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Q: Can discrimination against other employees be used to prove my case?

A: Generally, the employer’s discriminatory treatment of other employees can be used to prove that the employer discriminated against you.  This means that testimony from other employees about the discriminatory treatment they received from the employer can be used to prove your discrimination case.  For example, testimony from another employee that he or she was mistreated and terminated on the basis of race is evidence that you were discriminated against because of race. 

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Q: Can information about the person who replaced me be used as evidence of discrimination?

A: Showing that the employer replaced you with a person outside of your protected class is evidence used to prove an employment discrimination case.  For example, showing that the employer replaced you with a person of a different race, color, national origin, sex, or religion tends to prove that the employer preferred an employee of a different race, color, national origin, sex, or religion.  Likewise, showing that the employer replaced you with a person who is substantially younger tends to prove that the employer preferred a younger employee.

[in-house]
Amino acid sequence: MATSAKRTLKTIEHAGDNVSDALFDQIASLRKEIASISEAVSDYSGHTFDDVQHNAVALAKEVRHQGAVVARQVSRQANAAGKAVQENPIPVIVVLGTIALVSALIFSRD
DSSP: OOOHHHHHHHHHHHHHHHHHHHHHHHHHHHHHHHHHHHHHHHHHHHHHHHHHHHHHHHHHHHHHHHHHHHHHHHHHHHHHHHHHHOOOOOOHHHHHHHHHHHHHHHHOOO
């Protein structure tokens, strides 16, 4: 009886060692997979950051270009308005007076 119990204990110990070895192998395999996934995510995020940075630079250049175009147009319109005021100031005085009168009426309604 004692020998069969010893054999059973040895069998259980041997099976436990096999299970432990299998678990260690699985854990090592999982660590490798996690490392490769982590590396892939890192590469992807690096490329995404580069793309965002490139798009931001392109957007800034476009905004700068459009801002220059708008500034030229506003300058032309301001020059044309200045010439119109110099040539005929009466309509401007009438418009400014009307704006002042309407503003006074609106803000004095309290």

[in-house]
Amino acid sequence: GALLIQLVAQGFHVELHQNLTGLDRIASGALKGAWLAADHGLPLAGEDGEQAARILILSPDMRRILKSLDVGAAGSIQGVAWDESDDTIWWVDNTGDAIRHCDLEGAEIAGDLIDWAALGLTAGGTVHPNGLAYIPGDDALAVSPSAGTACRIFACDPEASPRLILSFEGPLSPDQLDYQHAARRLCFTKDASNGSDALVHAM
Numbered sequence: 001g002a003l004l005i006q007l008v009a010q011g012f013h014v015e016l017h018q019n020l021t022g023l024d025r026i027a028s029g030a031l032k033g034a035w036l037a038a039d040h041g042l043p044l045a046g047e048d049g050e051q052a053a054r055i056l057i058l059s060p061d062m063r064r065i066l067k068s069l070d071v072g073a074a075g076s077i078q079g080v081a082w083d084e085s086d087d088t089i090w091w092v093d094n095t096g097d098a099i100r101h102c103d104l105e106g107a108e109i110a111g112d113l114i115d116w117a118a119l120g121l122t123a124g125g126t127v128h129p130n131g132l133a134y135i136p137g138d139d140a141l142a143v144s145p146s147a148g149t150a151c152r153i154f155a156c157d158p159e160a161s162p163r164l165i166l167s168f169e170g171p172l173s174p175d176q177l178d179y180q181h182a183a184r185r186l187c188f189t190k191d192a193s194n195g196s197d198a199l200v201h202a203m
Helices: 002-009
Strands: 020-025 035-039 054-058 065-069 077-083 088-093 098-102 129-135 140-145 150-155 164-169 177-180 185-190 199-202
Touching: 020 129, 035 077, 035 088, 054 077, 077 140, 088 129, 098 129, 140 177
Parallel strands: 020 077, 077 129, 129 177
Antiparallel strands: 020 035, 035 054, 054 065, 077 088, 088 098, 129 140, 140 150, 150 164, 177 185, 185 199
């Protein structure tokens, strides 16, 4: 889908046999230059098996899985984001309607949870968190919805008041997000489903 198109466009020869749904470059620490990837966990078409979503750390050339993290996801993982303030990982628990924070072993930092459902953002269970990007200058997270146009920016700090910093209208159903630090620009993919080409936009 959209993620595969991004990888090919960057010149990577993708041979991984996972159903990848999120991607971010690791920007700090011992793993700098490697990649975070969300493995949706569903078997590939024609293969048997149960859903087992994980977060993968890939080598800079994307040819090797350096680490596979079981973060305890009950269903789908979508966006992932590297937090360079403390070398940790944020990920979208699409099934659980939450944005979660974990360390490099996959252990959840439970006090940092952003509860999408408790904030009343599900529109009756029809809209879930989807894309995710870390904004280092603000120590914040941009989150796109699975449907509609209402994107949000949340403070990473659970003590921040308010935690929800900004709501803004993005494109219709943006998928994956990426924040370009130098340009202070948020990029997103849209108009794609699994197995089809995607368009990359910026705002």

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Q: What are the types of evidence that may reflect discrimination against me?

A: A discrimination case can be proven in many different ways and with a broad array of evidence.  In evaluating whether or not you were subjected to discrimination, it is helpful to consider the following questions:

* Did the employer treat you differently and less favorably from other employees?

* Did the employer subject you to the challenged employment decision for something other employees have done and were not disciplined or terminated for?